The last time England made a decent World Cup effort was in Italy in 1990, when they reached the semi finals. This was just before the formation of the Premier League, when a transfer to a continental club was an attractive financial proposition to a top English player. In the England squad for that World Cup were Walker and Platt, who played in Italy, and Waddle, who played in France. They had become better players during their spells abroad and England reaped the benefit when they pulled on the white shirt. Shortly afterwards, Gascoigne went to Italy for a few years, and improved, but then came the Premier League and there has been no financial imperative for English players to play abroad.
    Our coaching is therefore not good enough, and that is the prime cause of our national team malaise.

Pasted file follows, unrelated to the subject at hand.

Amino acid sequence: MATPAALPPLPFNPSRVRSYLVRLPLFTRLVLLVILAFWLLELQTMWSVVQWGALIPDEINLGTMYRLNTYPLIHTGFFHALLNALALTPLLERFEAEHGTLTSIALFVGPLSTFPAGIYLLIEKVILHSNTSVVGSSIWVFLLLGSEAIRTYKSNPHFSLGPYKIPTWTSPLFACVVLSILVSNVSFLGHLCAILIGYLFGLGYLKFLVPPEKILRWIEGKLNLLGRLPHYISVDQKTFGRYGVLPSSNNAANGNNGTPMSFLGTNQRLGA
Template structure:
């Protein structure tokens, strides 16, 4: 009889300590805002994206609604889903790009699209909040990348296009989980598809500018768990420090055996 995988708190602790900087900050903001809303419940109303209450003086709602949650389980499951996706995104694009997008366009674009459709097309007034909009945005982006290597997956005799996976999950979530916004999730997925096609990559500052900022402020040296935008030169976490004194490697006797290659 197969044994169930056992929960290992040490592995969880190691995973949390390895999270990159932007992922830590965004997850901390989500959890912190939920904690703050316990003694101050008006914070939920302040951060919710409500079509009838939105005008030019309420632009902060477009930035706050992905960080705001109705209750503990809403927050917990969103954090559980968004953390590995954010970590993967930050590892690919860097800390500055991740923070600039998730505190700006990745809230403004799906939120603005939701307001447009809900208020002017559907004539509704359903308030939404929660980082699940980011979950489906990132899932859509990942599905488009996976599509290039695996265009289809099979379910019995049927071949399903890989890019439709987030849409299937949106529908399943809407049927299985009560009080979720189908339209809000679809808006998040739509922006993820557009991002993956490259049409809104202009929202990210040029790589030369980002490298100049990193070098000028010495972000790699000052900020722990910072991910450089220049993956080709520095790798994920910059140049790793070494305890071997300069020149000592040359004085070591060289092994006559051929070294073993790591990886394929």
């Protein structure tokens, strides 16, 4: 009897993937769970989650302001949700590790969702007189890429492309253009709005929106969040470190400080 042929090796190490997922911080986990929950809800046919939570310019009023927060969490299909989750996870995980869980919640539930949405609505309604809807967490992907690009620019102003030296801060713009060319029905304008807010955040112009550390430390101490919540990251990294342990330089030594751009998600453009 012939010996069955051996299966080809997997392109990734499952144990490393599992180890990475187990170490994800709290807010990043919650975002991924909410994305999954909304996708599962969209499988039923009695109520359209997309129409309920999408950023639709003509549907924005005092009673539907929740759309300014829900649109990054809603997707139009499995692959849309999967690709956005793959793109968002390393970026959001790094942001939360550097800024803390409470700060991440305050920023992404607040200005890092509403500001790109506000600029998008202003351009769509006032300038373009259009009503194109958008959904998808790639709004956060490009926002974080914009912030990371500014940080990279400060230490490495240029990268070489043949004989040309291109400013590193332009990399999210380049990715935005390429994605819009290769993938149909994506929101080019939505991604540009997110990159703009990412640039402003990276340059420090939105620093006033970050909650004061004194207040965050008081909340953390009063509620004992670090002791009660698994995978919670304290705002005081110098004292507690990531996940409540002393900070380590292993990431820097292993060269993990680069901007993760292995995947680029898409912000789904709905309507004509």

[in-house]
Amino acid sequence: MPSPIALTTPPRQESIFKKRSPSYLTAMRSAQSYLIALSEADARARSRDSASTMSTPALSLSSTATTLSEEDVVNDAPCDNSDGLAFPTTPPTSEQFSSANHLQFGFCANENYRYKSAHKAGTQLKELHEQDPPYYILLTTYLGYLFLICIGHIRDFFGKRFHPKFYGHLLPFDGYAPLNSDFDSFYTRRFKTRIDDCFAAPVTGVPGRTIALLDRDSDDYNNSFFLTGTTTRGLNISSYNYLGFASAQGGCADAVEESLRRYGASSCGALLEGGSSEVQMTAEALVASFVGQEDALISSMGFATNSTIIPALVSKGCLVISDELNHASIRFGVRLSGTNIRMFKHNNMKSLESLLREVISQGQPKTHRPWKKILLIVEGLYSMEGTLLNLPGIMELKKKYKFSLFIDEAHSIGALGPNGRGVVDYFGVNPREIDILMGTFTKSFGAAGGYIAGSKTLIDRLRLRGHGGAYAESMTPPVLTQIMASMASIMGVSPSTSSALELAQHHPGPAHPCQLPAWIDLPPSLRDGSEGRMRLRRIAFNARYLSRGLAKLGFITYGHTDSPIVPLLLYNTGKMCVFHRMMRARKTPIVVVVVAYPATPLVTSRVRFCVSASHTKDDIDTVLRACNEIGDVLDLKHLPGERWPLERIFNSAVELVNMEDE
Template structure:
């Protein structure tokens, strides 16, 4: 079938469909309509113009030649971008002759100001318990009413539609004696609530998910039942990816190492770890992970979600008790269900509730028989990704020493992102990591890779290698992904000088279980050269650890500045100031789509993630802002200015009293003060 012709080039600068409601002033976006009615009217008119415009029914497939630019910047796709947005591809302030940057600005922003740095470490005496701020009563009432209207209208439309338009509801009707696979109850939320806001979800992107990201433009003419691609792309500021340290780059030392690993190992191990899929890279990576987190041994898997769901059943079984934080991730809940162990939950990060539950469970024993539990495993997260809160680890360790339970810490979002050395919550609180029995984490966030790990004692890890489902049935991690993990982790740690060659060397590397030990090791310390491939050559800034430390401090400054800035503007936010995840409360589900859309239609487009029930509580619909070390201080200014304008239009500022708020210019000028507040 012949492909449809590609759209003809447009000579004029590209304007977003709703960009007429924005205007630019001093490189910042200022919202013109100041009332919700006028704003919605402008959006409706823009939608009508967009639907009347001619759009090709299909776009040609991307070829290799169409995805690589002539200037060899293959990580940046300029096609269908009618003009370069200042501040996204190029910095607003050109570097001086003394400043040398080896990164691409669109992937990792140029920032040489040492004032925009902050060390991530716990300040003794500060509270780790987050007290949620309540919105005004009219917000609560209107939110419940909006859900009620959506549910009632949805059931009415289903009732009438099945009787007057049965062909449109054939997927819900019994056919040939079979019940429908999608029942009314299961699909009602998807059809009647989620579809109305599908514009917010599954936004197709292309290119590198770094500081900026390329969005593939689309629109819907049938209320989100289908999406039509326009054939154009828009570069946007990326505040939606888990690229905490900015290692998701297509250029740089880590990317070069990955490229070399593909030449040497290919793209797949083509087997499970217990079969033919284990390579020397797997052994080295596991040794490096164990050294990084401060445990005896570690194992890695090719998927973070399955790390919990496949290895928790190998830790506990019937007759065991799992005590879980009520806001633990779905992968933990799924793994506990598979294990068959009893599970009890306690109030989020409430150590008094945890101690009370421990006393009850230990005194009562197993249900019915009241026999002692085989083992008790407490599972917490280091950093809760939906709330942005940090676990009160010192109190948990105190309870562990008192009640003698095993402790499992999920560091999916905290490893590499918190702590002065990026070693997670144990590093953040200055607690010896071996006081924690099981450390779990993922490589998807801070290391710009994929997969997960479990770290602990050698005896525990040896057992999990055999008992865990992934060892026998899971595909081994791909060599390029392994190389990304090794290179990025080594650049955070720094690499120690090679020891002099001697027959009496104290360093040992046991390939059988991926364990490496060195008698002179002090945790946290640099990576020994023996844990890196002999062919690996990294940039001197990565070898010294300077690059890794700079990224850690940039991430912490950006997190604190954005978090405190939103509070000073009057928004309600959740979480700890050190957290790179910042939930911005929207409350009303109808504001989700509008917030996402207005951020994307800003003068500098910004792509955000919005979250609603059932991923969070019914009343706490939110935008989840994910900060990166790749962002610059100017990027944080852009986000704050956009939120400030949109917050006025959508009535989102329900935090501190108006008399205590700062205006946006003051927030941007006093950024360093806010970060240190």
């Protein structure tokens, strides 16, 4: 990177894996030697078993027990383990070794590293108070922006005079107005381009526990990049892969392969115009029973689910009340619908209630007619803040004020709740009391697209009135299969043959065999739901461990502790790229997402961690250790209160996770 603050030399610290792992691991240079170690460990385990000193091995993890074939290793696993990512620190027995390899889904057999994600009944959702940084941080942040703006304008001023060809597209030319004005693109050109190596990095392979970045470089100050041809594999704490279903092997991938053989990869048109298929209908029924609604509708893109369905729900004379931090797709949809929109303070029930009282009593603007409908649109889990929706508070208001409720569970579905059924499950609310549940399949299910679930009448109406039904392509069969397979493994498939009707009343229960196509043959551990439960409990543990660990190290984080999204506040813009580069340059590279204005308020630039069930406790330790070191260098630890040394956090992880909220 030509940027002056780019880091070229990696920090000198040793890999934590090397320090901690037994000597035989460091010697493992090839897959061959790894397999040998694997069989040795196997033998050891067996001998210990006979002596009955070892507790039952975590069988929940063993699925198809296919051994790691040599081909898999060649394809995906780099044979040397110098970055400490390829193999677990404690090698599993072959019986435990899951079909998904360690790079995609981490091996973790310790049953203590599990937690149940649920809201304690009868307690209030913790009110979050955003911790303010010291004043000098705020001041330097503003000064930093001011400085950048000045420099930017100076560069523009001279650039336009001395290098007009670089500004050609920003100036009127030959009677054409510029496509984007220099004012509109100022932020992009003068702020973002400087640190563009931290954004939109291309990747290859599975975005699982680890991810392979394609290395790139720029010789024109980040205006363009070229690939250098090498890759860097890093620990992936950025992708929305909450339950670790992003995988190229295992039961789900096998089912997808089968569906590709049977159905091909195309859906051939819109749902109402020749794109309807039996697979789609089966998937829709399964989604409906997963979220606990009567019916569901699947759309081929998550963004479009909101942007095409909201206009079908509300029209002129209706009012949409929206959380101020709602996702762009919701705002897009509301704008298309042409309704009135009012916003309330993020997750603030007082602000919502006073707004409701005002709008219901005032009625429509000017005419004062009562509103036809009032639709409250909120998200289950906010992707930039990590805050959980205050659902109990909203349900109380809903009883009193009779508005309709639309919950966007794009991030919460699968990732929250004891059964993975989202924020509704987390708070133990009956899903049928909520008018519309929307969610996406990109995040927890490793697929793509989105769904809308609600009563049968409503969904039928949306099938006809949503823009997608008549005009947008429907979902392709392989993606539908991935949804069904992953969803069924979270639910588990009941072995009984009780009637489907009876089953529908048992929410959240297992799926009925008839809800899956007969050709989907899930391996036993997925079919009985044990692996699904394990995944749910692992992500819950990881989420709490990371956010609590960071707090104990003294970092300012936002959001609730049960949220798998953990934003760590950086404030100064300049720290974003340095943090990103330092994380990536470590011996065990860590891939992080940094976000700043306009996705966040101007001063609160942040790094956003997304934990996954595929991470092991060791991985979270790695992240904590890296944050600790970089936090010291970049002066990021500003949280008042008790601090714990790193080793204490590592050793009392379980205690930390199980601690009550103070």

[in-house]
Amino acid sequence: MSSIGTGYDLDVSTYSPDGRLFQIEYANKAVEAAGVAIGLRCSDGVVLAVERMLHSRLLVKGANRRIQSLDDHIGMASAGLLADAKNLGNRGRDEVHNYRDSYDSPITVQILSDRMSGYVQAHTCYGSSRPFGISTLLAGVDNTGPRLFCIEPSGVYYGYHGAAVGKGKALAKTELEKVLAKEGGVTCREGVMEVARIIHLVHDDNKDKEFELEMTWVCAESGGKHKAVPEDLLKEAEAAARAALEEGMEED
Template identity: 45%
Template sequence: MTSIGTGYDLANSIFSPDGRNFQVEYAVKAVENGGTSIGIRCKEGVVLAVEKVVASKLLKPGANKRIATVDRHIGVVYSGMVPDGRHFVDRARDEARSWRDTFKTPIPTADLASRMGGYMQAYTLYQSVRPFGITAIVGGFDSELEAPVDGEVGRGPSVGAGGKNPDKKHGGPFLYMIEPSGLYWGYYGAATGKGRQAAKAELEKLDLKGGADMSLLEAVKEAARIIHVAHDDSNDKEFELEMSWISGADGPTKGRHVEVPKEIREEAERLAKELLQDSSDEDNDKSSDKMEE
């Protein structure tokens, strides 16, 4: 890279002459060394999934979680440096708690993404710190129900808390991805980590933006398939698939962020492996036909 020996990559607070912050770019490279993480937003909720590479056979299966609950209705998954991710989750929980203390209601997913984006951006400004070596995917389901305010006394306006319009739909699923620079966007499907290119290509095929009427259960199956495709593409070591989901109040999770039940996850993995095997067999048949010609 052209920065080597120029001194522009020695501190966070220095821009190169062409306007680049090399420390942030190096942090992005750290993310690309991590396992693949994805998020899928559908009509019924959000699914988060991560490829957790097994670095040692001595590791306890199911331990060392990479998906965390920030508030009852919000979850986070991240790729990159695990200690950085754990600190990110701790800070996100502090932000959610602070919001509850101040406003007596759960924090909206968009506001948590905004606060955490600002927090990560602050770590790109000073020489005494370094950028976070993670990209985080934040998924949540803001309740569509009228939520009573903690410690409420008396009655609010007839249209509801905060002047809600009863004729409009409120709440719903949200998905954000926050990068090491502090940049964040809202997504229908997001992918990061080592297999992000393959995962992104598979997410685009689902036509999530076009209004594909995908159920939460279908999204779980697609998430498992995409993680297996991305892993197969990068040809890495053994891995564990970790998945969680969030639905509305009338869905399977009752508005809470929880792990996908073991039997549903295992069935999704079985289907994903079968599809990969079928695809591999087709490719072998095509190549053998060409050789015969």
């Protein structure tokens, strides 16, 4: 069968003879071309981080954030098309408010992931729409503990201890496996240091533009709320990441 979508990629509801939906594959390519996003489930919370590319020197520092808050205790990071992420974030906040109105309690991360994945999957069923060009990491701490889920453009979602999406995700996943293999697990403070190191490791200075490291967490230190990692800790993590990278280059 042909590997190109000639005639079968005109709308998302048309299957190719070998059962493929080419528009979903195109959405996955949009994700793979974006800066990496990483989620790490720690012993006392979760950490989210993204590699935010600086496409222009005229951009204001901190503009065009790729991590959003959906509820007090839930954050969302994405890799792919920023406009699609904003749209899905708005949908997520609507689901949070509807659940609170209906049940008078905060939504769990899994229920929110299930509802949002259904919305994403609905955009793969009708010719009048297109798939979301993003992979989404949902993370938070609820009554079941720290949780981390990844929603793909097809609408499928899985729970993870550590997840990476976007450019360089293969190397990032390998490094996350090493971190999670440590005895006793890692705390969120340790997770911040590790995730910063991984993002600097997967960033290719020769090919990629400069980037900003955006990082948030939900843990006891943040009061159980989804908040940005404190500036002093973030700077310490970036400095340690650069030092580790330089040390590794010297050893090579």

• Platt went to Italy (Bari) in 1991. Walker left Forest and signed for Sampdoria in 1992.

      I agree that Englands best young players should play in U-21 tournaments. I think they would have made a difference.

  20. They may have done; however one could effectively argue they wouldn’t have made any great difference because the English team/s get exposed technically and tactically by any foreigner team with the exception of those countries who both speak English and were trained via the FA/Charles Hughes doctrine of POMO.

    Although it would have been an impressive nail – in the coffin – to have seen the (sour) cream of England’s players get done over by the other sides in Israel.